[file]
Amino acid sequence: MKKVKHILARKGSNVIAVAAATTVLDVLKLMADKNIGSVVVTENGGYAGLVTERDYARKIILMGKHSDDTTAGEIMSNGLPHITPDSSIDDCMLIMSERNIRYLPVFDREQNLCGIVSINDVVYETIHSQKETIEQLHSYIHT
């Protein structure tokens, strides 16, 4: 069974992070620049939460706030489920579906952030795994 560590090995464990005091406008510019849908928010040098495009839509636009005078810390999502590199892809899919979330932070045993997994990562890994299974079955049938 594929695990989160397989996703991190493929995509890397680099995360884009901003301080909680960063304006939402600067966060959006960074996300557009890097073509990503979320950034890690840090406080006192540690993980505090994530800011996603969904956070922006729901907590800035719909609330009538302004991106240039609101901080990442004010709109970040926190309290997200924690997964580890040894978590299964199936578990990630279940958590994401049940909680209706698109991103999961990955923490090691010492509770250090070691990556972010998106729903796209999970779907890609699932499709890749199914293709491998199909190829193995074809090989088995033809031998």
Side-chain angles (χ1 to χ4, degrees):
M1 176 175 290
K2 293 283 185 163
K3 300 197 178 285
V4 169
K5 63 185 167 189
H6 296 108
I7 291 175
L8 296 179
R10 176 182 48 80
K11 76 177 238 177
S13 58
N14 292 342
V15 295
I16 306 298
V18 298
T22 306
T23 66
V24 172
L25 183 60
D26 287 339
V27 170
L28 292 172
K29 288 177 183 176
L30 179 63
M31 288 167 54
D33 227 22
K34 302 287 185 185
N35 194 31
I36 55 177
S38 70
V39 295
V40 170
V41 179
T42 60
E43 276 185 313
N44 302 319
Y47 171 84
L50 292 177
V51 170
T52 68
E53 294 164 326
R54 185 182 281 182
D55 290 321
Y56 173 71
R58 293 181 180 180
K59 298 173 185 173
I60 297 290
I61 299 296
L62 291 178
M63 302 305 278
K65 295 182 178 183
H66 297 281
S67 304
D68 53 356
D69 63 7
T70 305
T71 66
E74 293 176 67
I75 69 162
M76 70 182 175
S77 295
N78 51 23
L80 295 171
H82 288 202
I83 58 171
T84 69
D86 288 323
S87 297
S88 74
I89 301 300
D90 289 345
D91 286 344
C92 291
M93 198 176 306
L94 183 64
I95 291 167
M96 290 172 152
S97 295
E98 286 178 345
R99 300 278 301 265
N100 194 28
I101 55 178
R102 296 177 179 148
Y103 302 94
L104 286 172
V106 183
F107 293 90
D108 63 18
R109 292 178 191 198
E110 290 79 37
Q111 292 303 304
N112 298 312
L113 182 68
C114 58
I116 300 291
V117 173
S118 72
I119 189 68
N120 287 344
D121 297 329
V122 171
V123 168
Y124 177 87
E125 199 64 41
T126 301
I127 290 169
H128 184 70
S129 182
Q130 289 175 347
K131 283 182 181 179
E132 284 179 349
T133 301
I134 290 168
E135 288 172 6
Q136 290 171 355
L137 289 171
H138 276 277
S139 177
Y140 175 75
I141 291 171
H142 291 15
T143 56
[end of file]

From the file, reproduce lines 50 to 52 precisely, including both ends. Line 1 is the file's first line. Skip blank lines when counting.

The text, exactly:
I60 297 290
I61 299 296
L62 291 178